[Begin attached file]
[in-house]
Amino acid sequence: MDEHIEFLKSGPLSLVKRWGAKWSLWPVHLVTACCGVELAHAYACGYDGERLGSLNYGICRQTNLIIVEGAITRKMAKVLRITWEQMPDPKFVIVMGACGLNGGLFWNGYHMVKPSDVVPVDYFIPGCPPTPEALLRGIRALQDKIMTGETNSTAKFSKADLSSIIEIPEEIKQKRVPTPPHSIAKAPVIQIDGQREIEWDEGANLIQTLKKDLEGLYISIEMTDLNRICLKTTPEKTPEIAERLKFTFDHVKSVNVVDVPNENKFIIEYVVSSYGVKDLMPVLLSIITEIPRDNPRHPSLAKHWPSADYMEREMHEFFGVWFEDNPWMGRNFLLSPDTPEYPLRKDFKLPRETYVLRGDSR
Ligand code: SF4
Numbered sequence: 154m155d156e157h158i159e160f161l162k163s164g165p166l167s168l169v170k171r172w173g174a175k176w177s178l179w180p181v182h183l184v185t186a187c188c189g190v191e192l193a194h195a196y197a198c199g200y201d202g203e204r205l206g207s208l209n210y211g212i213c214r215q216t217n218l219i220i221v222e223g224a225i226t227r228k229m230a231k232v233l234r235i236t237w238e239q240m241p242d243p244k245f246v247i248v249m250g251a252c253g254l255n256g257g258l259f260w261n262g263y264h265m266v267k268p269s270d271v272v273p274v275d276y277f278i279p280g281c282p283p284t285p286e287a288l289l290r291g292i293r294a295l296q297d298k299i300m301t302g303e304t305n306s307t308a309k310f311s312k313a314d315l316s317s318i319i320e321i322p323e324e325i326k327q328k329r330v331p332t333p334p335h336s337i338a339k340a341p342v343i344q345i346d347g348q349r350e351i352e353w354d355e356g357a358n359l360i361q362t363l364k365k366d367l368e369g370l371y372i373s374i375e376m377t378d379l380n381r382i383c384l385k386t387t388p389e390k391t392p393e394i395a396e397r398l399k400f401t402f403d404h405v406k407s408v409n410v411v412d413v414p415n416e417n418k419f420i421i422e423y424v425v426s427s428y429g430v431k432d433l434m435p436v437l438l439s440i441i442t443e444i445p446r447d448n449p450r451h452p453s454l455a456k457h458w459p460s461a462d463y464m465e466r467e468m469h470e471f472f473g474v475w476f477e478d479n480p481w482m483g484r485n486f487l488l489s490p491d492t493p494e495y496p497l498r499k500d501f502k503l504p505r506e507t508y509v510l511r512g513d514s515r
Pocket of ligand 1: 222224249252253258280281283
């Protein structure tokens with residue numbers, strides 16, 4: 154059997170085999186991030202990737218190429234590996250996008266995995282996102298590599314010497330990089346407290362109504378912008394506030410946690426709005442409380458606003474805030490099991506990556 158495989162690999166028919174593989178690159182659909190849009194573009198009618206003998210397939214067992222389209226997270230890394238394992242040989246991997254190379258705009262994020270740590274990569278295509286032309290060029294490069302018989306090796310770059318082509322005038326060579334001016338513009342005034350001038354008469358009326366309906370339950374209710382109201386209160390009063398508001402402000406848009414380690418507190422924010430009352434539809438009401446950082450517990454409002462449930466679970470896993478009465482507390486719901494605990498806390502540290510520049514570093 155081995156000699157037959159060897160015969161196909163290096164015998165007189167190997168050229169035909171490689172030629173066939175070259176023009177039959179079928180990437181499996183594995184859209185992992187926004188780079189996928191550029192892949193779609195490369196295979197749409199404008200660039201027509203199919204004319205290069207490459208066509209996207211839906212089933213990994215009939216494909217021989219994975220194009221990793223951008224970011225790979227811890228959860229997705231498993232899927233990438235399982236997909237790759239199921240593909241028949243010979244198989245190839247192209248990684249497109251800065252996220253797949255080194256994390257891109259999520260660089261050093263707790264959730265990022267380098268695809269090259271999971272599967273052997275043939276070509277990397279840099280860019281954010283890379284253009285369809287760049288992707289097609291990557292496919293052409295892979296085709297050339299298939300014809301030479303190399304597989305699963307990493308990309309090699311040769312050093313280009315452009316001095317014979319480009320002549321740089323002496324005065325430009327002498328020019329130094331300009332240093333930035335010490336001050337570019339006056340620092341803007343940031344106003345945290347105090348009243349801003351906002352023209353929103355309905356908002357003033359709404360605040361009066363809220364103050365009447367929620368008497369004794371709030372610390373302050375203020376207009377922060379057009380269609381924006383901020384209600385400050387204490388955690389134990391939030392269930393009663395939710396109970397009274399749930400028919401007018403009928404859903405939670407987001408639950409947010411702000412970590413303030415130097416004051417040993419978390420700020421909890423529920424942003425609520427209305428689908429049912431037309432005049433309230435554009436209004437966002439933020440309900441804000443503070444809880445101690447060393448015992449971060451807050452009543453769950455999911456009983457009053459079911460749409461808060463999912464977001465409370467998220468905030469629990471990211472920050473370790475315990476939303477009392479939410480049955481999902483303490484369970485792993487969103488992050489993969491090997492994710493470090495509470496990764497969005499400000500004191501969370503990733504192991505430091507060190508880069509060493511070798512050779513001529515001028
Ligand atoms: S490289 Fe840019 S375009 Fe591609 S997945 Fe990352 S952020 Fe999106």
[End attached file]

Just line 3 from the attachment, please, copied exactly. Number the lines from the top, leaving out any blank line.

Ligand code: SF4